Passenger traffic at Pune airport grows at 29 per cent, fastest in western region

The feat is remarkable considering that Pune is the only airport among top airports (handling more than 5 million passengers per annum) operating only ‘Code C’ aircraft.

Written by Atikh Rashid | Pune | Published: July 10, 2018 8:12:38 am
Number of daily flights at the airport has touched 200.

Pune airport, which operates from an Indian Air Force base, has become the fastest growing civil airport in the western region by passenger numbers. Passenger traffic at the airport is growing at an impressive 29 per cent this year, the highest among 28 airports under the Western Region Headquarters of the Airports Authority of India (AAI).

Officials said the number of daily flights at the airport has touched 200 from 158 last year. At this rate, the airport is expected to cross the 10-million-passengers-per annum mark this year. In 2017-18, the airport recorded 20.6 per cent growth in passenger traffic.

The feat is remarkable considering that Pune is the only airport among top airports (handling more than 5 million passengers per annum) operating only ‘Code C’ aircraft. The other top airports handle bigger aircraft, giving them an advantage in terms of passenger traffic. According to the International Civil Aviation Organisation (ICAO), aircraft with wingspans more than 24m but less than 36m — such as Boeing 737-700, Airbus A-320 and Embraer ERJ 190-100 — are ‘Code C’ aircraft.

AAI Chairman Guruprasad Mohapatra, who was in the city recently to review the performance of airports in the western region, said that passenger growth in Pune region was promising and a result of recent expansion of passenger amenities and new flights.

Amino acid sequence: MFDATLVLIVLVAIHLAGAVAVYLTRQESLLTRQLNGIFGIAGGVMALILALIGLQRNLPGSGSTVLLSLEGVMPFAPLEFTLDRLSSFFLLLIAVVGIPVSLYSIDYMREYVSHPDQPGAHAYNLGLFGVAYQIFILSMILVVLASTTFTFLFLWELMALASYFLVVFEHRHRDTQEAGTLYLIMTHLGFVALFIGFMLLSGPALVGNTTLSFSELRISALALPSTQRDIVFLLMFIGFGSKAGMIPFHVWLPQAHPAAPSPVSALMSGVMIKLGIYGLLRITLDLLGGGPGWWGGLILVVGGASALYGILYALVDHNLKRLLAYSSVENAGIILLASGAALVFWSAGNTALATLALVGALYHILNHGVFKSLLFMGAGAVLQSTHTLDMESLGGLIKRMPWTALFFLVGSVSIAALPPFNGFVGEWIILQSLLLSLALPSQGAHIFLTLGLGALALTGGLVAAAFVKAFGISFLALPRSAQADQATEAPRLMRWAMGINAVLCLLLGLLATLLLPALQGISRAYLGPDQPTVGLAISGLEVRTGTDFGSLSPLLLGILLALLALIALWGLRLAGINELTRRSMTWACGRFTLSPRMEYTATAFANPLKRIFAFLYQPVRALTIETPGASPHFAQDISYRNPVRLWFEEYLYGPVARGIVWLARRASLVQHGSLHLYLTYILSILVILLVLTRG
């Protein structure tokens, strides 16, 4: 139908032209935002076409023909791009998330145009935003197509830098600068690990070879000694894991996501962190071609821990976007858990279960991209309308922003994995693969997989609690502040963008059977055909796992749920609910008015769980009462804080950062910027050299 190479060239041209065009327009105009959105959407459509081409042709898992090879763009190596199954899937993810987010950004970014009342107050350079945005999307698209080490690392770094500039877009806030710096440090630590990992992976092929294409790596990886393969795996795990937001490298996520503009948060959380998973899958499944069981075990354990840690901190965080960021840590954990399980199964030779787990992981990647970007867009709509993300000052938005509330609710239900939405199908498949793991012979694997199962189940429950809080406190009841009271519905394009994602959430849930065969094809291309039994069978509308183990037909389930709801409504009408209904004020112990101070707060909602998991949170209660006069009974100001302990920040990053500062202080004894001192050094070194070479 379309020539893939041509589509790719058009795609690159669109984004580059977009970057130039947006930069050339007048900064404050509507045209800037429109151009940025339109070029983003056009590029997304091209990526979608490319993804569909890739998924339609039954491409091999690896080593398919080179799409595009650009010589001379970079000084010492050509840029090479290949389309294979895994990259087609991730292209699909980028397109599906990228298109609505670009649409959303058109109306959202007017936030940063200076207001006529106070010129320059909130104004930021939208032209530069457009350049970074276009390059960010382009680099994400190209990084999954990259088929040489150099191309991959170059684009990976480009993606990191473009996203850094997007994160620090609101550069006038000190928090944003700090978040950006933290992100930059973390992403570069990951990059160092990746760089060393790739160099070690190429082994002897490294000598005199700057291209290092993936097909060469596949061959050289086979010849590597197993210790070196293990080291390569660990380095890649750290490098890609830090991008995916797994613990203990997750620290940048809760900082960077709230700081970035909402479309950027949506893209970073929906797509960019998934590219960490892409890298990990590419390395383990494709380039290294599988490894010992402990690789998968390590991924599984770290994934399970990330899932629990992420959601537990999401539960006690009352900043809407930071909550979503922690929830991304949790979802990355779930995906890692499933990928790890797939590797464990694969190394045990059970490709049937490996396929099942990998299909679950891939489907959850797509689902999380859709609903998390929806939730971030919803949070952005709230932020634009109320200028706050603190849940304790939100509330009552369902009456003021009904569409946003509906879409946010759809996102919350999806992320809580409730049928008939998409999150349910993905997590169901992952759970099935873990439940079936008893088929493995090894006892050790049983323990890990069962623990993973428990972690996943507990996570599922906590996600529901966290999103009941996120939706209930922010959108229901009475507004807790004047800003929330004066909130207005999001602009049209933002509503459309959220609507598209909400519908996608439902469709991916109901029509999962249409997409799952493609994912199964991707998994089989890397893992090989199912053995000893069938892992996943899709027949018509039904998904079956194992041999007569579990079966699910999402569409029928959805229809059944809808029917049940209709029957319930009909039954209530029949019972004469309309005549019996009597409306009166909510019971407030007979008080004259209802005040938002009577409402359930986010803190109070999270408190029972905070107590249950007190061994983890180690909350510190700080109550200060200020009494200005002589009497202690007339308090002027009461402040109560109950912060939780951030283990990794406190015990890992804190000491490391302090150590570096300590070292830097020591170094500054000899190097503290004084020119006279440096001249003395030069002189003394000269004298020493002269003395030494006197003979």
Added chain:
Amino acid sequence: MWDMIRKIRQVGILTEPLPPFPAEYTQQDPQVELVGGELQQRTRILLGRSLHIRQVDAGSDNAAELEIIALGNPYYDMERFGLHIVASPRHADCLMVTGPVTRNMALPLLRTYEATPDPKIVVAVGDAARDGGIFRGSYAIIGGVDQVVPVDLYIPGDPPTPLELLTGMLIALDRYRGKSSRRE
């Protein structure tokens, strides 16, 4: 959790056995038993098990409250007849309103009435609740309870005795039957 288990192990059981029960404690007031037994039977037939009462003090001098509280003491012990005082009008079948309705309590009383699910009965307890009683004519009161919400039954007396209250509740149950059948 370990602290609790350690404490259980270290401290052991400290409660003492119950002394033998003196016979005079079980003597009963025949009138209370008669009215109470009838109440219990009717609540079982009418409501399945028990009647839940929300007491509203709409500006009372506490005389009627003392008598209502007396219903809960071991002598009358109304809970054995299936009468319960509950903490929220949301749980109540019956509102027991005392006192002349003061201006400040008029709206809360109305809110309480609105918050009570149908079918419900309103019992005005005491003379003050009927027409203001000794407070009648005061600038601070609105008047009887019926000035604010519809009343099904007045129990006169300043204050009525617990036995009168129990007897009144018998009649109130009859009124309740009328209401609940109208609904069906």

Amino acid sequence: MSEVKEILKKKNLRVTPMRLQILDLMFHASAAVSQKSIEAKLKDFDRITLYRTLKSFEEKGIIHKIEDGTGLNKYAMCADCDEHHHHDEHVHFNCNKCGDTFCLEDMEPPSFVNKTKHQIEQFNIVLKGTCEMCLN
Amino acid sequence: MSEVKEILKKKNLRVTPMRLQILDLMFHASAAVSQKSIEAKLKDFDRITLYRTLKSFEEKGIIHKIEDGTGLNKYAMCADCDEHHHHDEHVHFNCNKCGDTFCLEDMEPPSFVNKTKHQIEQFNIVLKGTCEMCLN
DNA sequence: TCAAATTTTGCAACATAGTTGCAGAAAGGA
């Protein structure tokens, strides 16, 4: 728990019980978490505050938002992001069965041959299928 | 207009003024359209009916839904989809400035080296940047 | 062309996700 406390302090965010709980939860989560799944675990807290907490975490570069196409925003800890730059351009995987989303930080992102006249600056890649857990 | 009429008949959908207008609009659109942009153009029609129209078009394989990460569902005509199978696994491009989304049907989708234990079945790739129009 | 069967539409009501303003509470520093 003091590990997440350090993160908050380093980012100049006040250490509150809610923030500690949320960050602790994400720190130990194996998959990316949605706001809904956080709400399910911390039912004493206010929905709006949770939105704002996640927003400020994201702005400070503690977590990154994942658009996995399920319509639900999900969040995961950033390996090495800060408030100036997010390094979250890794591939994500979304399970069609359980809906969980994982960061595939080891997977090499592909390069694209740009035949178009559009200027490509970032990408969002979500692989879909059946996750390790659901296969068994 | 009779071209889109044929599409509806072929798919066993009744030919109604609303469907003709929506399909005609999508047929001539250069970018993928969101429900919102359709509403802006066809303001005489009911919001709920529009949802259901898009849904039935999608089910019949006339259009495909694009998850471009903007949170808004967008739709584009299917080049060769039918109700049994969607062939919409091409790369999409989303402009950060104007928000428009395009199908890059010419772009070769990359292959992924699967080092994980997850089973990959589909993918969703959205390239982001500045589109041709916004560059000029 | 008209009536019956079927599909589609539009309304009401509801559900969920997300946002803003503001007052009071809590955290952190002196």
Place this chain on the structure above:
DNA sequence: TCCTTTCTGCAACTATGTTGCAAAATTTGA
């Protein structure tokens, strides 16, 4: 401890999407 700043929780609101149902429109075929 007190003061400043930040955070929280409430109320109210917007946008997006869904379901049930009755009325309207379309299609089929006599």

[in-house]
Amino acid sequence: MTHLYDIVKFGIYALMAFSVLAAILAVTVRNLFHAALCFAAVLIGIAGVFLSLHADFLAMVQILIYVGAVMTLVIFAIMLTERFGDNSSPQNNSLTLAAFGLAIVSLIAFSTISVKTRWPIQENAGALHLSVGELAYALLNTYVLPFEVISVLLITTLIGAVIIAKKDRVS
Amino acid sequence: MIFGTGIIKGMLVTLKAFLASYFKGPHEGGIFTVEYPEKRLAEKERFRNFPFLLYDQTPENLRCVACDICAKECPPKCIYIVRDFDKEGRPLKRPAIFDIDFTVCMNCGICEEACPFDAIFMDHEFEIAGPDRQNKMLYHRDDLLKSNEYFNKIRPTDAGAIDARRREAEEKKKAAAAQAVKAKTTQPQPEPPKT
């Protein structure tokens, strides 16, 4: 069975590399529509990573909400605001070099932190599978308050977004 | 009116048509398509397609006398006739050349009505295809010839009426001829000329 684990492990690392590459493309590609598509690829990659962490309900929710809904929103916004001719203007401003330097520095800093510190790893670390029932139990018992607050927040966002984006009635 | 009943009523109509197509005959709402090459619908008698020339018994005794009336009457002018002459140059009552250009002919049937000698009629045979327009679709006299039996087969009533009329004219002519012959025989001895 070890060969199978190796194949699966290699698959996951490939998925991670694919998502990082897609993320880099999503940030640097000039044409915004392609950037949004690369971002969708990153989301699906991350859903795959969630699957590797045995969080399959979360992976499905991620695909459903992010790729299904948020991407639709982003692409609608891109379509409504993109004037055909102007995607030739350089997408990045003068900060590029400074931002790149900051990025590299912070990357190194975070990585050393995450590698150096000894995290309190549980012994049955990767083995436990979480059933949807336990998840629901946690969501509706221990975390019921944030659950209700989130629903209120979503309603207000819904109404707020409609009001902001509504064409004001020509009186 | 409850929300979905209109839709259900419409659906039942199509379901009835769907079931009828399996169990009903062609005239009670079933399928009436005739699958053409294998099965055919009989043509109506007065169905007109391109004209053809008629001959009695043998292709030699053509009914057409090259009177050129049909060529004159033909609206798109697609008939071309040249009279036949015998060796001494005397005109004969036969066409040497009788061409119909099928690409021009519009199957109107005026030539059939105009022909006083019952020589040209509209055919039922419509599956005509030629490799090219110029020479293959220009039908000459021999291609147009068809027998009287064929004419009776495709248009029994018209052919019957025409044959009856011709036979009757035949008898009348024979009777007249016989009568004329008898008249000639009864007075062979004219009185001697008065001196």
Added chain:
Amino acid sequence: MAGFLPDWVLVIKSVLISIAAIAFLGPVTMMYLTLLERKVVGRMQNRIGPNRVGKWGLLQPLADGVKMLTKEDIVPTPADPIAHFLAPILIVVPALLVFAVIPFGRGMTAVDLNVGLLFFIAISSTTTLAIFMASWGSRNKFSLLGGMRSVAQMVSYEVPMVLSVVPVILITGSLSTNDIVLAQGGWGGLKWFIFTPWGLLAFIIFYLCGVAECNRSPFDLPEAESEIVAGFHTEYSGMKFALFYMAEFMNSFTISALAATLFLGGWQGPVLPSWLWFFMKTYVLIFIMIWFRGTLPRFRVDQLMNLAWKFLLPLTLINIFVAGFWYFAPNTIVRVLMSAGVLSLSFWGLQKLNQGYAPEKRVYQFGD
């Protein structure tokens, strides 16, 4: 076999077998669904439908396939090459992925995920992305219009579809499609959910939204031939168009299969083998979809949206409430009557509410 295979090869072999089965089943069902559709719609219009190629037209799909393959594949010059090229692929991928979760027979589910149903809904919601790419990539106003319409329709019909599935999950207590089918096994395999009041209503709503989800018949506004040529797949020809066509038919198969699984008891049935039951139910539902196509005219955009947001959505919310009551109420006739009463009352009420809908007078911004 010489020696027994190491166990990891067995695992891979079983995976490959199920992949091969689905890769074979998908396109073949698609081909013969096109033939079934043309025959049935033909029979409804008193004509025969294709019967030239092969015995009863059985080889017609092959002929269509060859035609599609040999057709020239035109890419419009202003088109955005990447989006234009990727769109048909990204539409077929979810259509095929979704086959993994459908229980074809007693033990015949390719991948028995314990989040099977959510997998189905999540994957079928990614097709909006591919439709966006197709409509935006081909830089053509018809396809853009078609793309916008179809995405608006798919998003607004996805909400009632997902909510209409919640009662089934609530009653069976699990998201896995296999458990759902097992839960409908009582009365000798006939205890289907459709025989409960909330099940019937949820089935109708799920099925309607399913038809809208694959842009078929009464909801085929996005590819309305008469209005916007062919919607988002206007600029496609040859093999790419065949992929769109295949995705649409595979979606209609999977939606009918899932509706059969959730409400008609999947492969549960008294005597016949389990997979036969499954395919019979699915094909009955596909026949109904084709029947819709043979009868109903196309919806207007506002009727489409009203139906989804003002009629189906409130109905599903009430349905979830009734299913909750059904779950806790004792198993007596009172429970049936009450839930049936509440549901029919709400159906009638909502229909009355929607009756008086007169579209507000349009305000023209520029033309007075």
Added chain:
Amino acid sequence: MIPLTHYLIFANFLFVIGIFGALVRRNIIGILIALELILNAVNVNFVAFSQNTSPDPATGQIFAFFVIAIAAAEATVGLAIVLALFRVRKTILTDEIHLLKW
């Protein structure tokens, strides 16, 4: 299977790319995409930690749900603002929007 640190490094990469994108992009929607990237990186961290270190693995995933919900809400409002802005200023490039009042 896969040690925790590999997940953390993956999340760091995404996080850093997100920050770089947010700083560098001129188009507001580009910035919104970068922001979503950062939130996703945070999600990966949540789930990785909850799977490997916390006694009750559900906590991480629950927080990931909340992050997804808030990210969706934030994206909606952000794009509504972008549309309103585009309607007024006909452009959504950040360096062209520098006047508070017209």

“Pune airport is growing both in terms of revenue and passenger handling. I must complement them for the growth and constant improvement that the airport has seen in the last few years. We have seen noticeable improvement in passenger amenities. The growth is praiseworthy especially considering that they have a complete embargo on daytime flights and all new additions are coming in the night,” he said.

Mohapatra, however, cautioned that the growth number was a result of the low base levels and were difficult to sustain. “Passenger number is growing at 29 per cent in the ongoing year. These are highly unsustainable rates,” he said.

“Personally, for selfish reasons, I want them to come down and stabilise because these are very difficult rates to maintain in the long run. The appetite is always initially more and then becomes stable,” said Mohapatra.

As per a global ASQ (airport service quality) survey held in March in the sub-category of airports handling 5 to 15 million passengers per year, Pune was preceded by Kolkata and Ahmedabad airports in the rankings.

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